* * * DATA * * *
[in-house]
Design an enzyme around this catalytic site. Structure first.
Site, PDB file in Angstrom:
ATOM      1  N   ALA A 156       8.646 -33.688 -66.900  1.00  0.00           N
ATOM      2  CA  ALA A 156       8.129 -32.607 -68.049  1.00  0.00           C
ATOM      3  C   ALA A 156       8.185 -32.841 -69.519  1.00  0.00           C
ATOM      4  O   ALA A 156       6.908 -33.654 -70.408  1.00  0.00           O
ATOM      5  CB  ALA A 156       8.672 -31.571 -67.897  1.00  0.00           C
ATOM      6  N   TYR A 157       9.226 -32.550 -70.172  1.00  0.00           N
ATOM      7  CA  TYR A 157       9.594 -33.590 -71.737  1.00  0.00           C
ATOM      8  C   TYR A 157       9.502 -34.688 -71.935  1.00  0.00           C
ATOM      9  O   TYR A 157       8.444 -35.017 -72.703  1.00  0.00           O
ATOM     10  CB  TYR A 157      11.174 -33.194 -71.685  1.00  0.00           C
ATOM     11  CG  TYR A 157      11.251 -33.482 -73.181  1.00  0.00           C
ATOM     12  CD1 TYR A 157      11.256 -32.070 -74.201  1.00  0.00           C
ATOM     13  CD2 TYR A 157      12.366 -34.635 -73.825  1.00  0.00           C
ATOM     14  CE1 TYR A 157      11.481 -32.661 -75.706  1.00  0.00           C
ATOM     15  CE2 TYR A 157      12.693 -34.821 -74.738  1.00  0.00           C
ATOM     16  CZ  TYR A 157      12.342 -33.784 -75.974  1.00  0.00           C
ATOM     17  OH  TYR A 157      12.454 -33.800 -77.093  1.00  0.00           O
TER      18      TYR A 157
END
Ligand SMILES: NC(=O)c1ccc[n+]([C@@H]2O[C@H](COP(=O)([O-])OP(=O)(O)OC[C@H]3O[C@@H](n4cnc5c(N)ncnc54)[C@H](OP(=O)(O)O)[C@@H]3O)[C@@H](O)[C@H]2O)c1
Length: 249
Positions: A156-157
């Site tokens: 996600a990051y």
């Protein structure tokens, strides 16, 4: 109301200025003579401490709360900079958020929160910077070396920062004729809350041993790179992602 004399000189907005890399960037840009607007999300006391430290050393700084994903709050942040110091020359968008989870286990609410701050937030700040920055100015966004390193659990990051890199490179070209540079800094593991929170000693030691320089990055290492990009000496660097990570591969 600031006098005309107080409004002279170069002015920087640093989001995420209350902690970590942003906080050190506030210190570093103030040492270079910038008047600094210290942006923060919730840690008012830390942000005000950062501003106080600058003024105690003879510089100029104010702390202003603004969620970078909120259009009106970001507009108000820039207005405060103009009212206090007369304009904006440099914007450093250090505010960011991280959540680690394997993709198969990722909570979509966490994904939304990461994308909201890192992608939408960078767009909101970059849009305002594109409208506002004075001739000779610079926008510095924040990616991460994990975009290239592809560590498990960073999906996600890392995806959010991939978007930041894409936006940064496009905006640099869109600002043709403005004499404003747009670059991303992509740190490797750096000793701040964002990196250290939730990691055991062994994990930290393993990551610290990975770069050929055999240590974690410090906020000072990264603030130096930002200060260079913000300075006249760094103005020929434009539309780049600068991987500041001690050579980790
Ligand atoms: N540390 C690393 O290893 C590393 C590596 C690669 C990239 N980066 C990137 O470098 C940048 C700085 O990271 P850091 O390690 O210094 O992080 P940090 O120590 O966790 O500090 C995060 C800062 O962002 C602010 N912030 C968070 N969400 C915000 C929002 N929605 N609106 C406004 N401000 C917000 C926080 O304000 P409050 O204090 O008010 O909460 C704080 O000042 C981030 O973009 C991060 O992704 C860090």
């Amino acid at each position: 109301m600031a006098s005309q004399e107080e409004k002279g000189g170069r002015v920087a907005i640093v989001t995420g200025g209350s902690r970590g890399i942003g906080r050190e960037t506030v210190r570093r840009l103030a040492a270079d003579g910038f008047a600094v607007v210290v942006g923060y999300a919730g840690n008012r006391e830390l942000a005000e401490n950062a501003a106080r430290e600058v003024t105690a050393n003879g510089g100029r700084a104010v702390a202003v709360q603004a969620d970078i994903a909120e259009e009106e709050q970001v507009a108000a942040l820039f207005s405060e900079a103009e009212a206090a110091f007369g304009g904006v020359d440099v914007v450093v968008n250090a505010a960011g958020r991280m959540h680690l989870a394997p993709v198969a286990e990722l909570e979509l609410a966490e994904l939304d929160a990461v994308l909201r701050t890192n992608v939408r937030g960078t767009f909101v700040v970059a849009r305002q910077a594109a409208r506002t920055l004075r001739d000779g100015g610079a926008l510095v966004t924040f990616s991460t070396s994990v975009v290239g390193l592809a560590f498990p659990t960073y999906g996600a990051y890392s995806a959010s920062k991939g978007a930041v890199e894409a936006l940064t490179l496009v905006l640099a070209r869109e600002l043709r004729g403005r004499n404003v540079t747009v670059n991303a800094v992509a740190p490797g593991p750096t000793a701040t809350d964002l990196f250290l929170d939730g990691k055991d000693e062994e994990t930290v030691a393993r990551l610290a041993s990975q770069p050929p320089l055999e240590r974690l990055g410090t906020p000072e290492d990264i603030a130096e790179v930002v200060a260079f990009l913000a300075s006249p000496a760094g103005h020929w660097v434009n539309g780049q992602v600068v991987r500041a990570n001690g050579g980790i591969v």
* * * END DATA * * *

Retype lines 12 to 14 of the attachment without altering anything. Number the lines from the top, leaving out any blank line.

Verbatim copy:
ATOM      9  O   TYR A 157       8.444 -35.017 -72.703  1.00  0.00           O
ATOM     10  CB  TYR A 157      11.174 -33.194 -71.685  1.00  0.00           C
ATOM     11  CG  TYR A 157      11.251 -33.482 -73.181  1.00  0.00           C